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Pirurvik preschool program reaps $1-million Arctic Inspiration Prize

An innovative made-in-Nunavut preschool program has $1 million to invest in expansion thanks to the Arctic Inspiration Prize. 

Fiona Aglak of Pond Inlet’s Pirurvik Preschool demonstrates how to present a vocabulary activity to children to the Clyde River staff of Aileen Kadloo, Eena Iqaqrialu and Kelly Arnakak.
photo courtesy Pirurvik Preschool

The Pirurvik Preschool in Pond Inlet, which allows children to express natural curiosity to learn about what interests them at a pace that suits them, was announced as the big winner during the Arctic Inspiration Prize ceremony in Whitehorse on Tuesday evening. Children from three months to five years of age are involved in this style of learning, based on the in the Inuit Qaujimajatuqangit principle of Pilimmaksarniq and Montessori methods.

The program is available in seven Nunavut communities in three regions and there's talk of establishing it throughout the territory in the future.

"We have a dream to build a high-quality, culturally-relevant early childhood education program for the community of Pond Inlet," said program co-director Tessa Lochhead, who was joined onstage by her counterpart, Karen Nutarak. "This type of programming affects whole families, it affects whole communities."

A Kitikmeot Heritage Society program, Uqarluta Inuinnaqtun – Let's Speak Inuinnaqtun, was a one of the two runners-up for the $1-million grand prize.

A Cambridge Bay welding program for at-risk youth that produced a striking muskox statue and eye-catching wolves earned $100,000 in the youth category.

Daryl Taptoona and Robert Taptoona were among a group of young men who welded together this multi-coloured metal muskox in a program known as From Scrap to Art in 2017. The scrap metal artwork stands at the entrance to the heritage park in Cambridge Bay. photo courtesy of Marla Limousin

Cambridge Bay's Andrew Kitigon is the team leader for the project, From Scrap to Art. It was designed to imbue participants with welding skills, elevate their self-esteem and enhance their cultural knowledge. The Hamlet of Cambridge Bay and the Kitikmeot Inuit Association threw their support behind the initiative.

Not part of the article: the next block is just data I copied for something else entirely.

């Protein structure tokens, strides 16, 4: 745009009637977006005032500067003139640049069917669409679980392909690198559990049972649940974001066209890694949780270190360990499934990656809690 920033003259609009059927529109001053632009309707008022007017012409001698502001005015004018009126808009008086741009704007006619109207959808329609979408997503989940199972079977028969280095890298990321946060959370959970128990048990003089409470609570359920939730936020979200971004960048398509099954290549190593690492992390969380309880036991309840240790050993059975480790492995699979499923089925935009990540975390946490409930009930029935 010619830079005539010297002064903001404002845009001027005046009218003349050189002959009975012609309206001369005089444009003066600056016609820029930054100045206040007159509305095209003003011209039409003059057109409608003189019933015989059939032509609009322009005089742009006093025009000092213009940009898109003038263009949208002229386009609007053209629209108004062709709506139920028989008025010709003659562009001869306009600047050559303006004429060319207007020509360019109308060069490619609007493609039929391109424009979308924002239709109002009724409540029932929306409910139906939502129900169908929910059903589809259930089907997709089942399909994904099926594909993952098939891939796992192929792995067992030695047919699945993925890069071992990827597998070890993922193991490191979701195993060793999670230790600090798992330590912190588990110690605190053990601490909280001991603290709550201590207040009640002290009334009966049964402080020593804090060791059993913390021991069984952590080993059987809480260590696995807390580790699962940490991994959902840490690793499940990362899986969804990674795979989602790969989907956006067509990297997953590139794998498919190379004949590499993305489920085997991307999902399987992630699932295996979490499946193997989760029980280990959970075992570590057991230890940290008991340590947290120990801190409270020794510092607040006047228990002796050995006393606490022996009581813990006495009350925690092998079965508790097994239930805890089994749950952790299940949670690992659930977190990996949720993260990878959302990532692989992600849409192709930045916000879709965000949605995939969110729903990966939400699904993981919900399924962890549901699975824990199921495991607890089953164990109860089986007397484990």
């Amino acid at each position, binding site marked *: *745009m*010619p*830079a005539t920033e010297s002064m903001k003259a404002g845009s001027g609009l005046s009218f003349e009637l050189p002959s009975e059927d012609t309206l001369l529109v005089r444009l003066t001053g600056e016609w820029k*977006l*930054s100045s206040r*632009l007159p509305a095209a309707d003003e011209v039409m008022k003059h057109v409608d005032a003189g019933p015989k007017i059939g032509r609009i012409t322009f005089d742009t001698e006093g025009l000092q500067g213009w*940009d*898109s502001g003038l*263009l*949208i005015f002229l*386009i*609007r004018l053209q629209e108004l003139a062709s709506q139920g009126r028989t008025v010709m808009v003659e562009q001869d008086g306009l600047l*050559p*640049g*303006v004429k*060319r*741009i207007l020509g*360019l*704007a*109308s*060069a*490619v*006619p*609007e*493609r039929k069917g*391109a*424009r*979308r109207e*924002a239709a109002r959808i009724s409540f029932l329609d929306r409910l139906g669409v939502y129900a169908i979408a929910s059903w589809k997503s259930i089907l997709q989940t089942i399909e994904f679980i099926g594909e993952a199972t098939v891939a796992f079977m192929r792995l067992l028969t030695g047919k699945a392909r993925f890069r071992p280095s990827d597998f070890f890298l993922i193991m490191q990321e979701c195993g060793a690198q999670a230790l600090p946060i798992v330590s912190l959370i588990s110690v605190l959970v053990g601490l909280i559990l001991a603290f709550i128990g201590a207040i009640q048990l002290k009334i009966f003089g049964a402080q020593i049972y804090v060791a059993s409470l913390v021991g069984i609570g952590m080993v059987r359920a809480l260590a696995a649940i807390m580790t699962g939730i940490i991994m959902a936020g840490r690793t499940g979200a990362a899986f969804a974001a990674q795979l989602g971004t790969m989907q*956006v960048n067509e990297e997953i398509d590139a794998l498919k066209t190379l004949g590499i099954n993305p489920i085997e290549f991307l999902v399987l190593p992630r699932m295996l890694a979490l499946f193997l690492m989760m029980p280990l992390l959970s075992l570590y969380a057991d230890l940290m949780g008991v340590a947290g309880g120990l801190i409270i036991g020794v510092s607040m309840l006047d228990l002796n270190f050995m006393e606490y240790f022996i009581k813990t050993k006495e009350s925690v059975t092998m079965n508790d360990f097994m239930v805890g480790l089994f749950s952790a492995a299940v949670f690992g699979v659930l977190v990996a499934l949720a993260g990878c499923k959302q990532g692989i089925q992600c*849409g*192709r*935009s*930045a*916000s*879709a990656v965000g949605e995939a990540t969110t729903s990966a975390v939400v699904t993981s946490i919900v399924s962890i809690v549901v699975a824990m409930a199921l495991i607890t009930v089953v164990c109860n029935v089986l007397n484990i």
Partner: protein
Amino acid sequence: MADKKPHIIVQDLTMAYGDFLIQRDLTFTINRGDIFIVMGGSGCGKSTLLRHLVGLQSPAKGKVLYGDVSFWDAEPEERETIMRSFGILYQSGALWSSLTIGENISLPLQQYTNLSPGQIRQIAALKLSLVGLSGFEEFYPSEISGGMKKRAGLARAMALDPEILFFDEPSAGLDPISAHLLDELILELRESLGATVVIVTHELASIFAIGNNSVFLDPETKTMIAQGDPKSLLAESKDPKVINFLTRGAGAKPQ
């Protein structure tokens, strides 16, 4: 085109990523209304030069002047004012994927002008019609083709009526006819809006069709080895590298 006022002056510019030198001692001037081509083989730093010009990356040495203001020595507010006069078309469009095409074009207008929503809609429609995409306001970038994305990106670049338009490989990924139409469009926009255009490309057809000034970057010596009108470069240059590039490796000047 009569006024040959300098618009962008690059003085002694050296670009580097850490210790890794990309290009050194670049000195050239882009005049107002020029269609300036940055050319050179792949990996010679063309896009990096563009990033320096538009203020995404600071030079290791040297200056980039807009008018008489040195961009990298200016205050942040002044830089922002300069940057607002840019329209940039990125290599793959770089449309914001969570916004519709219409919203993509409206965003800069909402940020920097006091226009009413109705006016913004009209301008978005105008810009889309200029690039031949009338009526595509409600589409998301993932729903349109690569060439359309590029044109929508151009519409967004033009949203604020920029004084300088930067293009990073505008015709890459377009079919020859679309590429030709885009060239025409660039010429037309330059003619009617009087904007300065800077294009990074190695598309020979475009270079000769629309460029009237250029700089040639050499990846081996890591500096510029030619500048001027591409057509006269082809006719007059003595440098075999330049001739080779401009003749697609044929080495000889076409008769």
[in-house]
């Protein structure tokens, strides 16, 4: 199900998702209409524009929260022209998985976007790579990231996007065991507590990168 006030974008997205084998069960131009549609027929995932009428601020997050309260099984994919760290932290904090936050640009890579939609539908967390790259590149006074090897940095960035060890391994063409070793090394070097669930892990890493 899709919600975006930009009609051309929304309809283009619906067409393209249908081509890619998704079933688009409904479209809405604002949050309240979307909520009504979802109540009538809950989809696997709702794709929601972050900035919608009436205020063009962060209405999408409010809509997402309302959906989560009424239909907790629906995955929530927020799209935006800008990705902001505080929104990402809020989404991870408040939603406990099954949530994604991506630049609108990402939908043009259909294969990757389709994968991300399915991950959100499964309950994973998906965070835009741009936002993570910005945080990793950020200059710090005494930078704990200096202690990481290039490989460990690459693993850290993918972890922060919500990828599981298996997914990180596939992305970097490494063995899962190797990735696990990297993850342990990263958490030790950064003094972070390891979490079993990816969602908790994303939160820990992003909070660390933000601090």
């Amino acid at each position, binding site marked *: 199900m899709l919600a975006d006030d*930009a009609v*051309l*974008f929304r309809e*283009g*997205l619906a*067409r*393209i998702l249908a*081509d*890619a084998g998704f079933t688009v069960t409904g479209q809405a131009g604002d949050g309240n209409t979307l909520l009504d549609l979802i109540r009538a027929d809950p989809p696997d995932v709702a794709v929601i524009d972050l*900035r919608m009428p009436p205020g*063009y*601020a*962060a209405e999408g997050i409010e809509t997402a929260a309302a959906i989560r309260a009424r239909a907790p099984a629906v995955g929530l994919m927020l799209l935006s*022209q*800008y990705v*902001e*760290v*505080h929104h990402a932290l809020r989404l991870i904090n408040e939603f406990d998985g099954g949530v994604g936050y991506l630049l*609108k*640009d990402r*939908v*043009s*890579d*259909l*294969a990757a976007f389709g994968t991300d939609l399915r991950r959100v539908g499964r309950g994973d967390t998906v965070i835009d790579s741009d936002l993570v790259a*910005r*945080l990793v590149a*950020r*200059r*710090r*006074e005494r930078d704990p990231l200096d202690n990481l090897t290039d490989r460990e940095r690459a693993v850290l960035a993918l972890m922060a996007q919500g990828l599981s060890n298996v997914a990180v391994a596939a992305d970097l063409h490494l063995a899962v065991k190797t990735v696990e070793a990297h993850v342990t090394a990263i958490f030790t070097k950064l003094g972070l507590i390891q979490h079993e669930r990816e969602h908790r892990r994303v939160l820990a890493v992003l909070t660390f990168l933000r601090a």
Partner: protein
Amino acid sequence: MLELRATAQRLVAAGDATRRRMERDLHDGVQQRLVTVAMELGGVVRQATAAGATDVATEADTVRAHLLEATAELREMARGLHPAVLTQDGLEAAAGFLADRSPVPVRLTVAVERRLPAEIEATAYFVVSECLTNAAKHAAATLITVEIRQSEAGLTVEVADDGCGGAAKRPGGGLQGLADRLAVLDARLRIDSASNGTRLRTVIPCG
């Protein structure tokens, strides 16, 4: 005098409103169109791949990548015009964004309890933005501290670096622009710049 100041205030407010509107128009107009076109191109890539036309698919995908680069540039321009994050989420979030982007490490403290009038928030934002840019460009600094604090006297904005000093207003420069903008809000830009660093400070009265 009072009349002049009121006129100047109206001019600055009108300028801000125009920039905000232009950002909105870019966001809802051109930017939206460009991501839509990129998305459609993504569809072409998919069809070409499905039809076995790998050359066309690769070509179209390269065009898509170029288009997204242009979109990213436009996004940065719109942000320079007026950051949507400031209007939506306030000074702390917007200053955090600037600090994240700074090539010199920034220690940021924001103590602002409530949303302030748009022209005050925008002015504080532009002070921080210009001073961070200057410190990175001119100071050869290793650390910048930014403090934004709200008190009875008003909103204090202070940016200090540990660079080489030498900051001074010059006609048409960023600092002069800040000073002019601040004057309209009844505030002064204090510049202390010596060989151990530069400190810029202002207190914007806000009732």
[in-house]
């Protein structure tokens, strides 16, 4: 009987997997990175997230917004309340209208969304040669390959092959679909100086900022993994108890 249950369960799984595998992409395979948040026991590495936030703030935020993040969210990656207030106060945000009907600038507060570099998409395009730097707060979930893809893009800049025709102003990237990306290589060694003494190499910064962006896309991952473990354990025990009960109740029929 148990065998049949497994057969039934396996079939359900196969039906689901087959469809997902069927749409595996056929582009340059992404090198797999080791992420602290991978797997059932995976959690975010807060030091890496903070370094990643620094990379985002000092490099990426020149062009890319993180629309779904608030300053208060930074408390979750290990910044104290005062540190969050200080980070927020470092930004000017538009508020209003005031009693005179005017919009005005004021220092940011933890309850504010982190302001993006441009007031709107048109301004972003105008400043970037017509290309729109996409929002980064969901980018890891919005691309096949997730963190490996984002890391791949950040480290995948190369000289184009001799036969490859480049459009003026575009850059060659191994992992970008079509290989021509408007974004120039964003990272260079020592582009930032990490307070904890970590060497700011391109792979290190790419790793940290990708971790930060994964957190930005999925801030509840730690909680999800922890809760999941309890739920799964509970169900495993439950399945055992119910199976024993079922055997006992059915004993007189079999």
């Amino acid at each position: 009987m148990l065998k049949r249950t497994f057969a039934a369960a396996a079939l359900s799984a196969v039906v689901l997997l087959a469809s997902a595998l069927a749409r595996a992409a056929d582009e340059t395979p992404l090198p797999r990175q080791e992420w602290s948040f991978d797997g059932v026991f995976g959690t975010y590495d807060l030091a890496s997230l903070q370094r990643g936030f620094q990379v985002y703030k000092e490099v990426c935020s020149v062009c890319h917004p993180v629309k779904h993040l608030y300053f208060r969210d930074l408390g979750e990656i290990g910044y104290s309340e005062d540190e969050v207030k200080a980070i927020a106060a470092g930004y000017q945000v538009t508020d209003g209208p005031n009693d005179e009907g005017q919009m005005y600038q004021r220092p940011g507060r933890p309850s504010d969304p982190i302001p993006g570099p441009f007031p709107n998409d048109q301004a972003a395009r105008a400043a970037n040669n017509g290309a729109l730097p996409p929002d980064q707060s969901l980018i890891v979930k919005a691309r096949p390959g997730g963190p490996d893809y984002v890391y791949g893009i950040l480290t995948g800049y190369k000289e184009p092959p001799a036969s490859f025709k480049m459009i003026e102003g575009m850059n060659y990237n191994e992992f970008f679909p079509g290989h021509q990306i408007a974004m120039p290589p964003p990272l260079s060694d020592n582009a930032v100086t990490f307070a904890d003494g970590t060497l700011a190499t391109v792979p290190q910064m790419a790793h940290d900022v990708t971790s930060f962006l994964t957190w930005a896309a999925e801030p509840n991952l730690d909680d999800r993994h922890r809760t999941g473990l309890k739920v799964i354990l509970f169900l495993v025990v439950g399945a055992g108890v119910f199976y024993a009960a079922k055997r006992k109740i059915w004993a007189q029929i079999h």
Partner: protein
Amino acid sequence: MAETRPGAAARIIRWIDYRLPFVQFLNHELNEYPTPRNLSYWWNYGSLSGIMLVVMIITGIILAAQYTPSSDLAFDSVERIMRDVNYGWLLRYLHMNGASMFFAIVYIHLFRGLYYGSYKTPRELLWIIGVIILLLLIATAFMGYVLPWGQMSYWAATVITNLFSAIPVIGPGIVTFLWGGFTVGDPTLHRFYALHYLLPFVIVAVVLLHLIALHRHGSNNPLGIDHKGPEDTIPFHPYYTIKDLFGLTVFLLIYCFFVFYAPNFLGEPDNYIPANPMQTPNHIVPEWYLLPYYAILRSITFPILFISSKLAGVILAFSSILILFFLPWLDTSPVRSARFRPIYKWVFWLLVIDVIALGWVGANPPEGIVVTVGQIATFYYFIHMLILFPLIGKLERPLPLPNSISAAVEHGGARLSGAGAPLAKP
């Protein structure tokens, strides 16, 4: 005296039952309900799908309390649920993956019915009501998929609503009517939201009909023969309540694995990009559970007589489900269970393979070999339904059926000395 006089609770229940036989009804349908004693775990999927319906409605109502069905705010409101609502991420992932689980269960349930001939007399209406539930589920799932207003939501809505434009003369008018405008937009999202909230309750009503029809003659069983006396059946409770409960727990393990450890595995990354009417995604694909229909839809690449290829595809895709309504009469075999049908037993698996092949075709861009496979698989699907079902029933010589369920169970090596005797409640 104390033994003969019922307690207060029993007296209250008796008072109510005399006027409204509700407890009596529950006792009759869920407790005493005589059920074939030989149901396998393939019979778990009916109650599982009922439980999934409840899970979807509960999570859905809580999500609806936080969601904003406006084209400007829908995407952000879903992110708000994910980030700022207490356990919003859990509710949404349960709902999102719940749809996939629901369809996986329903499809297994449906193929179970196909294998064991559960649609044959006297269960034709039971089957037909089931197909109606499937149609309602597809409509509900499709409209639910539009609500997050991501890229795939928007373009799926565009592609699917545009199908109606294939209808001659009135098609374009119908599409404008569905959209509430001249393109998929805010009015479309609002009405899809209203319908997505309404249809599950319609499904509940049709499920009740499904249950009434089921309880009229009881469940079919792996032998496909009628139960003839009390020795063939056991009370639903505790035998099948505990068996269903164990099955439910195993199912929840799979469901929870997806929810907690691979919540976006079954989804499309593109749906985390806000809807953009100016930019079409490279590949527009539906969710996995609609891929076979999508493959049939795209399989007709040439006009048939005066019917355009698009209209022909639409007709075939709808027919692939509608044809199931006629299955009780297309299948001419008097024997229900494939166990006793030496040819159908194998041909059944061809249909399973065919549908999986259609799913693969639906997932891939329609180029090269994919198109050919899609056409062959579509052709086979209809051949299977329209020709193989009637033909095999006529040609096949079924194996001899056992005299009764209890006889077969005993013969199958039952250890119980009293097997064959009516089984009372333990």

"We are not really good in school, but we are good at building," Kitigon said during his acceptance speech. "Our imagination runs a million miles a minute, but, in the end, what do we do with all the ideas?"

Standing alongside Kitigon, welding program participant Kaitak Allukpik added, "It changed our lives... we thank God each day that we've been given the gift to become leaders and share knowledge with other youth, other young people like us. We look forward to creating more art for our community."

Allukpik added that the $100,000 will go toward getting the welding program's shop "working all the time."

The Nunavut Law Program was a runner-up in the AIP category, which offers up to $500,000.

The Rideau Hall Foundation oversees the annual Arctic Inspiration Prize, which was conceived by Canadian philanthropists in 2012 to reward Arctic knowledge and innovation.

Kaitak Allukpik and Andrew Kitigon address the audience at the Arctic Inspiration Prize awards ceremony in Whitehorse on Tuesday evening. Marla Limousin, Cambridge Bay's senior administrative officer, looks on at right. photo courtesy of Marla Limousin
At the Cambridge Bay airport, bound for the Arctic Inspiration Prize awards celebration in Whitehorse, are, from left, Pamela Gross of the Kitikmeot Heritage Society, Cambridge Bay senior administrative officer Marla Limousin, welding program participants Andrew Kitigon and Kaitak Allukpik and cultural mentor Attima Hadlari. photo courtesy of Marla Limousin